Analyse your workout routines during your week (if there are any) as these can actually be harming your back and actually re-creating your pain triggers and not actually making it better! This is very often an overlooked part of the picture as most people think and feel that the gym work they are doing must somehow be helping their lower back pain, after all its exercise and movement right? Unfortunately it’s not that simple, just like the lifestyle factors that effect peoples backs differently as discussed above, specific exercises that are relieving for one person will not be beneficial for the next. An exercise that is therapeutic for me will not necessarily be therapeutic for you, and this is all because every back pained person is different and unique. Therefore look over your go-to exercises (we all have them) and ask yourself “is this movement making my pain better or worse” if the answer is obviously the latter then stop doing it and make a different choice that does not cause pain. Over time this will be a beneficial strategy in reducing your painful back and eventually getting you back to a happier pain-free state.
I have seen many health professionals including several chiropractors but nothing has worked - what can I do next?
We hear this comment more often than not from people that come into our facility in Ashton, Bristol looking for us to help them. We are often one of the last places to look when it comes to pain management not just for low back pain but for many other common pain areas throughout the body.
Most people initially look to the shorter, quick fix solutions first, which when unsuccessful then look into more longer term, progressive treatments and movement plans. This is where our expertise from the personal training, functional rehabilitation and sports therapy arena come into play for people.
This is partly because as coaches we are much less time constrained compared to other health professionals who often only have 10-15mins with each person before seeing their next. We as movement coaches on the other hand have as much time as we need to thoroughly look at the person as a whole on a holistically relevant level. This extra time and flexibility to create a longer-term movement and rehabilitation plan to suit each individual with their specific need often works wonders and people start to gain a better sense of ownership over their pain and feel more empowered in doing so. WIN WIN!!
I have tried everything do I need to have surgery?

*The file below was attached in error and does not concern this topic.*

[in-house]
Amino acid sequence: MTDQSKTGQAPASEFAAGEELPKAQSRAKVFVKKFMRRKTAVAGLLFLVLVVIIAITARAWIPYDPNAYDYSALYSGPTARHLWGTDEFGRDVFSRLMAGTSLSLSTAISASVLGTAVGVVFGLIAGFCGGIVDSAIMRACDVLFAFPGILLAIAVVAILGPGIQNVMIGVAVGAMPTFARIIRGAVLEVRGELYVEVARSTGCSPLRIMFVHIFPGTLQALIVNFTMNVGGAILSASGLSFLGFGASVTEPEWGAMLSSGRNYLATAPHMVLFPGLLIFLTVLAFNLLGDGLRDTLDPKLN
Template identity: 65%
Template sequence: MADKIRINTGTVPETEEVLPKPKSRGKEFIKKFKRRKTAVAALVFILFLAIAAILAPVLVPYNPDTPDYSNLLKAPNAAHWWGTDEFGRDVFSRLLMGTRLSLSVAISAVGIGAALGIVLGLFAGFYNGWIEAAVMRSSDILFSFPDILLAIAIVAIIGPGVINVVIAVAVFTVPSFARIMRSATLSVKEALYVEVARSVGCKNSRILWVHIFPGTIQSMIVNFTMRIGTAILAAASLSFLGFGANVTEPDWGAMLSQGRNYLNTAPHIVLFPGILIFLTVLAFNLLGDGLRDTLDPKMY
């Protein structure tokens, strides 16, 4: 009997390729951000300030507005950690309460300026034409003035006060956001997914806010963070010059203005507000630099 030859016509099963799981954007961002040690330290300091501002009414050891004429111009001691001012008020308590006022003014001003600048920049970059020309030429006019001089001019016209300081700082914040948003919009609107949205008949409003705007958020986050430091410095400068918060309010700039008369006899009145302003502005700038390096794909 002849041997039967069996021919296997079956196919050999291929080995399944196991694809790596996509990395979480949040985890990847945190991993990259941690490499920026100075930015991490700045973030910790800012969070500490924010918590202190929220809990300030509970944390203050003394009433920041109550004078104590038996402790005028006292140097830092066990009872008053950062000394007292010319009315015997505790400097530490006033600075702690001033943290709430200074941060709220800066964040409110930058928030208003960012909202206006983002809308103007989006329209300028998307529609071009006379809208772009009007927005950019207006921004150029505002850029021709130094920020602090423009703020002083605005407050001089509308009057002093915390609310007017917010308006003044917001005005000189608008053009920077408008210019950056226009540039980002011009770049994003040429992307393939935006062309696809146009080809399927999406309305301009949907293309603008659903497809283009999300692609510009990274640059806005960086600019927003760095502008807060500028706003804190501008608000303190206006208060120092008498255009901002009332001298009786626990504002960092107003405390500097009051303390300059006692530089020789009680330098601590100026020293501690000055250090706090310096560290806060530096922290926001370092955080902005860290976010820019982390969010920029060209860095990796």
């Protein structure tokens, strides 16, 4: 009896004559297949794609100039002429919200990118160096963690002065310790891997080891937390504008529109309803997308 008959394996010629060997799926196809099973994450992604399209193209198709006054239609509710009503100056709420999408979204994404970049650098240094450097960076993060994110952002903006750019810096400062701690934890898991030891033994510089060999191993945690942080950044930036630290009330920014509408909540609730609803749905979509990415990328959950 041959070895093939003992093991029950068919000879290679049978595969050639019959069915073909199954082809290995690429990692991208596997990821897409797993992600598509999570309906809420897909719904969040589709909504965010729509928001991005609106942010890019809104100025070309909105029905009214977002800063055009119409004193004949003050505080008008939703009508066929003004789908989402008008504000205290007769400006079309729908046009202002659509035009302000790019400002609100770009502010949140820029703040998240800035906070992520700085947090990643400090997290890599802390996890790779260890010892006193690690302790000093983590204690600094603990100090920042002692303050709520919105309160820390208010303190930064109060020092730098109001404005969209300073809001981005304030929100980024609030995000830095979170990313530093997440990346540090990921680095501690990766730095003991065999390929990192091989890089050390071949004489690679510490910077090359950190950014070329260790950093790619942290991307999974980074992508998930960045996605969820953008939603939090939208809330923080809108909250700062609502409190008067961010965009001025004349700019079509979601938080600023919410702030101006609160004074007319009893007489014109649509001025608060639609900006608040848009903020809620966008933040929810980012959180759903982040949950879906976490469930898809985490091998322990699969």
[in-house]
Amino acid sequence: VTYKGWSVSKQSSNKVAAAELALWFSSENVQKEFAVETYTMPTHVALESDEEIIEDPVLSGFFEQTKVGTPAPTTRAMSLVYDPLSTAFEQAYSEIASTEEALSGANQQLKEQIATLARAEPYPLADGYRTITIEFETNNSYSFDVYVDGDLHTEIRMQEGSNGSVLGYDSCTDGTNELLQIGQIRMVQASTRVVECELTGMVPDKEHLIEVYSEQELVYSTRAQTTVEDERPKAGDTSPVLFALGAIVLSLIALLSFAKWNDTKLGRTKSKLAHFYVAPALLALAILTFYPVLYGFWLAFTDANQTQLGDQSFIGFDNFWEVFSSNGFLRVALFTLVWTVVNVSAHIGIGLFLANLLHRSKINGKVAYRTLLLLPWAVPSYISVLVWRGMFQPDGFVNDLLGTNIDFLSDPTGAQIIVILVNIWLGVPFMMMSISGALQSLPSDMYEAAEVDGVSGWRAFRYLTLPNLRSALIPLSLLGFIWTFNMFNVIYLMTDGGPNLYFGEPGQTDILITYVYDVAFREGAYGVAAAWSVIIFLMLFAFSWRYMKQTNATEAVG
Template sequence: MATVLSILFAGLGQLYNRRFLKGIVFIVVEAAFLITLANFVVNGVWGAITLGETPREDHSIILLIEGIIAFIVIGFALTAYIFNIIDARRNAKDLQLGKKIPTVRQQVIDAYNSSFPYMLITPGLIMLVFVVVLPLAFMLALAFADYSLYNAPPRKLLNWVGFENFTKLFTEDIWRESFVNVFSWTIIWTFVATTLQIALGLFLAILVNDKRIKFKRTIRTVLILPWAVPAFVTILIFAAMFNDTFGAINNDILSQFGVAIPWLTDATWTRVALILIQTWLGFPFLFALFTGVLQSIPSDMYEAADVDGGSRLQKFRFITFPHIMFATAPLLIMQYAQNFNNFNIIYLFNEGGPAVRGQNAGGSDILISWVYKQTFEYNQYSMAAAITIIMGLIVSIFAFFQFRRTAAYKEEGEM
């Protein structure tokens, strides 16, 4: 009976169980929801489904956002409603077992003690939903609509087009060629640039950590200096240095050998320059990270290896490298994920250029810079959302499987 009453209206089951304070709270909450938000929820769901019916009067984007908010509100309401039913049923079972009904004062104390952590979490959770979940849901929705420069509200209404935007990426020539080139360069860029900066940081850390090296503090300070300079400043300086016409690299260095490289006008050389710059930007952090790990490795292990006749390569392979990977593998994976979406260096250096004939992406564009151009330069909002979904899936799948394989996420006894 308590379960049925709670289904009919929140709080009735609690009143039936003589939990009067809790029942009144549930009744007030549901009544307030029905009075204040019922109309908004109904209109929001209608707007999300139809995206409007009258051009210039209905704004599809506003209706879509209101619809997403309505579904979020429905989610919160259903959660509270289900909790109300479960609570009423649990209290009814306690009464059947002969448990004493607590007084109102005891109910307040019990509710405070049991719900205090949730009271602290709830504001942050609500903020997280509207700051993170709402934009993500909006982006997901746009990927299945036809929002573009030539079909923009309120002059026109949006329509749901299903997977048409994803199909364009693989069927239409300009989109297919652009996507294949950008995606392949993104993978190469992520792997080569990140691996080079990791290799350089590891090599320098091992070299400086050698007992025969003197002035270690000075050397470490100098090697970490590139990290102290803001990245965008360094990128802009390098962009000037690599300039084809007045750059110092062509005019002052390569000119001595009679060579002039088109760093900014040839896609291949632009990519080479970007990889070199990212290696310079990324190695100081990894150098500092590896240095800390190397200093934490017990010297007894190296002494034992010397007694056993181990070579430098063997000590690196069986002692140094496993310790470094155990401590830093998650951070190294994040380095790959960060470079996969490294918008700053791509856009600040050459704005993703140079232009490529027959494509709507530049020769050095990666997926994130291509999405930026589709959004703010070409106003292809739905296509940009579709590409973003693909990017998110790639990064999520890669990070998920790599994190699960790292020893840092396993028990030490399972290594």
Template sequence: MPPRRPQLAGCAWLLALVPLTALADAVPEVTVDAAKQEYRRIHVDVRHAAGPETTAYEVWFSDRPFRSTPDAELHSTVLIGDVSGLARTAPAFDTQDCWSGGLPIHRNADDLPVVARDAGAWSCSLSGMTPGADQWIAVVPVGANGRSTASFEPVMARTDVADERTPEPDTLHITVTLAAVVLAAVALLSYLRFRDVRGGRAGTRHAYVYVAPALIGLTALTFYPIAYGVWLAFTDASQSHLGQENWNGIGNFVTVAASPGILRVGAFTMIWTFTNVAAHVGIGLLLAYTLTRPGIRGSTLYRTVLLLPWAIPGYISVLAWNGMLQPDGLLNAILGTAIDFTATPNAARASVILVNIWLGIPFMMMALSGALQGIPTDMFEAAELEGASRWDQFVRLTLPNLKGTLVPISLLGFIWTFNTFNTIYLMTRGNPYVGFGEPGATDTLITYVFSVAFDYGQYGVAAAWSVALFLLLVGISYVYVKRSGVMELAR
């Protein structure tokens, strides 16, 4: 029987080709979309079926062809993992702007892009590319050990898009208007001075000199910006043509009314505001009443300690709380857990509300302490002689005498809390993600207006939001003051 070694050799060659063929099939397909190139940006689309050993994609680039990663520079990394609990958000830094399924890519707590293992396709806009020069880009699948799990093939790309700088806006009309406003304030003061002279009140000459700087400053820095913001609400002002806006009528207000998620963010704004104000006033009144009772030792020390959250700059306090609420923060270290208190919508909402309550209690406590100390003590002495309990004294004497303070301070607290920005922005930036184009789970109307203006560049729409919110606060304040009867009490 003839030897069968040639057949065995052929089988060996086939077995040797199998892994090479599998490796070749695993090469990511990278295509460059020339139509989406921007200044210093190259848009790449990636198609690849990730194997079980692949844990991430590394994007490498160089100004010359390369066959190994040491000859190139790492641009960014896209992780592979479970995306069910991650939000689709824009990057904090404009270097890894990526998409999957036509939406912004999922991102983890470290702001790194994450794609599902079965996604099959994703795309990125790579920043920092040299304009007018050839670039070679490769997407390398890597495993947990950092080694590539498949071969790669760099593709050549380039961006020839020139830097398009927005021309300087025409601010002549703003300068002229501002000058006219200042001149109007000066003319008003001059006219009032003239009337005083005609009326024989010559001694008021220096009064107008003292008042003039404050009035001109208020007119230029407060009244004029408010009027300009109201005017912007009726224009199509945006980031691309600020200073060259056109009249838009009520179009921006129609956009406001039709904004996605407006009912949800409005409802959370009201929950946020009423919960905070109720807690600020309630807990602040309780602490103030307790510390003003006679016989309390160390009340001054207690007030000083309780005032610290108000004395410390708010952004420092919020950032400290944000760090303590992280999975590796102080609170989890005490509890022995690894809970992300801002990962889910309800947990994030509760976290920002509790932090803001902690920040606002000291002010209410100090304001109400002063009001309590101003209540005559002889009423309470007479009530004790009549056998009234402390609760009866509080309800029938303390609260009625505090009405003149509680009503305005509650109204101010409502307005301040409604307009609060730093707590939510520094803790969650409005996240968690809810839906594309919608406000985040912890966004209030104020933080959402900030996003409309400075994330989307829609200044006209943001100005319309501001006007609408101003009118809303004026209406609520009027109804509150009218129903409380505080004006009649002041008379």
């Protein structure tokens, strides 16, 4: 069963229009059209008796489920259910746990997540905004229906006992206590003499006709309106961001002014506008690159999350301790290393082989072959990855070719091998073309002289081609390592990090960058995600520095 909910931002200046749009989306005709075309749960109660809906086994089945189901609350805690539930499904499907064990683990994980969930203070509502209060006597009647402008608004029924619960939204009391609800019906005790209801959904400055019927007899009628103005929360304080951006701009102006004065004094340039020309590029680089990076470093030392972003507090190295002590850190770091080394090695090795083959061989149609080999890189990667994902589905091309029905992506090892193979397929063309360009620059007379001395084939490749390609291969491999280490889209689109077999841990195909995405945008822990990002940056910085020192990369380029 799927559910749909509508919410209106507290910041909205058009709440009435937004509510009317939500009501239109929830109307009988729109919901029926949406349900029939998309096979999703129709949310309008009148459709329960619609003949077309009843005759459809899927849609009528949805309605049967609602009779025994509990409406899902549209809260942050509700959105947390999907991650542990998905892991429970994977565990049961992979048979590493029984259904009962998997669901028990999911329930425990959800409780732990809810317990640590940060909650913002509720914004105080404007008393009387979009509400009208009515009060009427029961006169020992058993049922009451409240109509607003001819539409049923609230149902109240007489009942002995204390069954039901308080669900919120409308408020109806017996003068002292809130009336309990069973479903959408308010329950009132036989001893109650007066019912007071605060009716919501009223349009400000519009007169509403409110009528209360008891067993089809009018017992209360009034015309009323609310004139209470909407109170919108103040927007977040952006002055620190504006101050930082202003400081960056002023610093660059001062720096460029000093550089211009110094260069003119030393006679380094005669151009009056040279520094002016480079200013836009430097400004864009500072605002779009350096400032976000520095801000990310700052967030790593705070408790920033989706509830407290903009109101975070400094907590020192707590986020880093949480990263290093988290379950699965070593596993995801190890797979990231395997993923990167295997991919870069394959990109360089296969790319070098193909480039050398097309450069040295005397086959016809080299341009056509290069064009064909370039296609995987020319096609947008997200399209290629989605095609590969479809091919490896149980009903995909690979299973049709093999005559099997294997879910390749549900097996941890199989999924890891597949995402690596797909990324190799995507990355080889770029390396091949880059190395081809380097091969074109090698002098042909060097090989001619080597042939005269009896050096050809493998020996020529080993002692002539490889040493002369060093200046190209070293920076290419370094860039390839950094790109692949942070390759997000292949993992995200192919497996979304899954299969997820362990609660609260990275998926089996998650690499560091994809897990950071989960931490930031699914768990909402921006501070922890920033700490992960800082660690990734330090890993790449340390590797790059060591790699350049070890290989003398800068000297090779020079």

Having surgery and going under the knife is not a decision to be taken lightly, although often people and/or health professionals are all too willing to go through this course of action too soon even before effective conservative treatment options are explored. We should always be extremely aware of the consequences of having surgery and where at all possible this should be the absolute last resort for a back pained person. The risks are high and the end result of reduced pain is not guaranteed by any means, which many perceive it is.
It is our recommendation that if you have not had a thorough assessment of your lifestyle and examination of your lower back and habitual movement patterns by a health professional then this could be the missing link for your chance to use conservative treatment to reduce your pain and avoid going for surgery. Only in circumstances where you have tried all of the DIY strategies above and/or other conservative treatment consistently for at least 1 month and the symptoms still aren’t improving even slightly, then a trip to the consultant surgeon for a chat may be necessary.
Myth Busting for Low Back Pain
Below are some common misconceptions with regard to lower back pain and as always “it depends” comes into play for all of these statements as every back pained person is unique.
Myth 1: Having tight hamstrings is a cause of low back pain
Myth 2: Stretching out my lower back is helpful in the long-run
Myth 3: All movement and exercise is good for low back pain
Myth 4: My back pain runs in the family and it’s therefore genetic
Myth 5: Lifting weights is the worse thing I can do for my back
Myth 6: My bodybuilding routine will eventually make my back stronger and improve my pain
Myth 7: All health professionals are made equal and understand my back pain and it’s causes
Myth 8: If a chiropractor can’t fix my back with manipulations then it’s a life long sentence for me
These 8 myths are only a snapshot of the types of generalised mis-beliefs that get thrown around the internet far too frequently but there are unfortunately many many more. The only real way to understand what works for you is to find an appropriate professional that can help guide you in the right direction toward a pain-free back.
All in all having looked at a few of the reasons why lower back pain is so prominent in todays world, and also providing some real, easy to implement strategies to help reduce your back pain yourself, we can safely say that low back pain does not have to be a life sentence even though it can feel like that at times.
I have personally suffered with multiple bouts of sciatica and low back pain in the past and I still have to manage my increased risk of another bout of back pain coming back to this current day. I do use many of the strategies above on a daily basis, which works well for me and allows me to have a pain-free active lifestyle, but remember what works for my back pain management will not always work for yours or your friends back pain.
Any questions regarding your low back pain or anything more specifically written in this blog, then please contact us we would love to chat and potentially help.
Until next time,